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Socioeconomic factors in coronary artery disease - Results from the SPIRR-CAD study.
J. Psychosomat. Res. 105, 125-131 (2018)
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Low socio-economic status (SES) has been associated with an increased coronary risk in Western countries. All stress experiences are more pronounced in low SES patients with stress emanating from problems with family, job, or money. The SPIRR-CAD study offered an excellent opportunity to examine these risk factors in German speaking mildly and medium depressed patients. In the SPIRR CAD study, a German multi centre randomized clinical trial of 450 male and 120 female coronary patients, we examined the standard and psychosocial risk factor profiles in relation to SES, as assessed by educational level. All differences in risk factors between low and high SES were in the inverse direction. Of standard risk factors, only smoking was socially graded and more common in low SES. Of psychosocial factors and emotions, exhaustion showed the strongest and most consistent inverse social gradient, but also anger, anxiety and depression were socially graded. The findings suggest that in German patients, as in other national groups, social gradients in CHD risk are considerable. They can be ascribed to both psychosocial and to standard risk factors. In the present two years follow-up, the prospective significance of psychological and social risk factors was analyzed showing that emotional factors played an important role, in that low and high SES patients differed in the expected direction. However, the differences were not statistically significant and therefore firm conclusions from follow up were not possible.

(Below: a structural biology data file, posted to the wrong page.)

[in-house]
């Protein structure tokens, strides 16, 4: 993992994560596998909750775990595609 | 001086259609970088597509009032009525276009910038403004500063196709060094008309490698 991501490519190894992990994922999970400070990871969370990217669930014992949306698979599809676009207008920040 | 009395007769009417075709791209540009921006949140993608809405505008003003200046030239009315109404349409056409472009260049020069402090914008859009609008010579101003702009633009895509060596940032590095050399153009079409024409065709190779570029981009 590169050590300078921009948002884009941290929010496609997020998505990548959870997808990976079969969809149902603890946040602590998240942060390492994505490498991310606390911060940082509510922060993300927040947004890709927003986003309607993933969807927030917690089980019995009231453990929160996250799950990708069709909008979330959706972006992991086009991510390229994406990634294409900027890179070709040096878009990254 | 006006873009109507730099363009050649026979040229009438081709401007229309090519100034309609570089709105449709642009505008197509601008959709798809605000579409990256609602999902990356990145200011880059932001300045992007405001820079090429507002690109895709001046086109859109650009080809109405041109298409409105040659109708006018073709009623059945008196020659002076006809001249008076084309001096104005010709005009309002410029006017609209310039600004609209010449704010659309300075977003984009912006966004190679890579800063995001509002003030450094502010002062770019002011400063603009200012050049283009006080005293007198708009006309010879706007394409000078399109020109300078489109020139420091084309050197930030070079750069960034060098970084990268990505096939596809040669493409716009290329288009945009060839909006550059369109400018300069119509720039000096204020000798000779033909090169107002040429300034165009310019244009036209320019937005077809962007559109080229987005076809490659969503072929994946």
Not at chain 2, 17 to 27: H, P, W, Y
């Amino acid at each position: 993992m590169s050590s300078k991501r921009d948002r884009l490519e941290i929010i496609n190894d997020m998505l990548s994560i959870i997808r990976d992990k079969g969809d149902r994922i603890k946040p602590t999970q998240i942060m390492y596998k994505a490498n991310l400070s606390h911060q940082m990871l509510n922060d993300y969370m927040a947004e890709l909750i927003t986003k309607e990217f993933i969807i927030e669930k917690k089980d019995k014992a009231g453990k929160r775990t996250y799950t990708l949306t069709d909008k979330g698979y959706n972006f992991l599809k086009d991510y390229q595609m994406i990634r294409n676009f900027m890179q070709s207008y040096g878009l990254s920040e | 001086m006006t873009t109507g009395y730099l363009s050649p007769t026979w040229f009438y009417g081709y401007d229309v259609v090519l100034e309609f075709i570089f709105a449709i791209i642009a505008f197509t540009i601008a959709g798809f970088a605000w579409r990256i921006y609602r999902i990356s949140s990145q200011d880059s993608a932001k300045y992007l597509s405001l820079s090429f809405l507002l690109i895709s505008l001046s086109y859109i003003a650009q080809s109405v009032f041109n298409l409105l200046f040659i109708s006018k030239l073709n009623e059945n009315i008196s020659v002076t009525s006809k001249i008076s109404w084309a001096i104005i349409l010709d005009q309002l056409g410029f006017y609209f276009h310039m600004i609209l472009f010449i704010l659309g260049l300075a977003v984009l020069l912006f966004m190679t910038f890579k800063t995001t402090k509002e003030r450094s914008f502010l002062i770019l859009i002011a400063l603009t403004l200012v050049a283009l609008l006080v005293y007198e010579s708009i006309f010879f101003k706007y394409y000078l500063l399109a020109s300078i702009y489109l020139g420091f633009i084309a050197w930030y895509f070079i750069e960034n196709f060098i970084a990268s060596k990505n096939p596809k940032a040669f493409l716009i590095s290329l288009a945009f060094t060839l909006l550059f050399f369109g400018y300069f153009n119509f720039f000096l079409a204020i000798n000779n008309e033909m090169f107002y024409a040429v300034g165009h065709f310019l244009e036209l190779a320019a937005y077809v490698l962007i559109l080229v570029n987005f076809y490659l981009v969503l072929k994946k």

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Publikationstyp Artikel: Journalartikel
Dokumenttyp Wissenschaftlicher Artikel
Schlagwörter Coronary Artery Disease ; Risk Factors ; Social Grade ; Low Socio Economic Status ; Psycho Social Stress ; Gender; Stepwise Psychotherapy Intervention; Heart-disease; Myocardial-infarction; Randomized-trial; Risk-factors; Depressed-patients; Reducing Risk; Women; Stress; Health
ISSN (print) / ISBN 0022-3999
Zeitschrift Journal of Psychosomatic Research
Quellenangaben Band: 105, Seiten: 125-131
Begutachtungsstatus Peer reviewed
Institut(e) Institute of Epidemiology II (EPI2)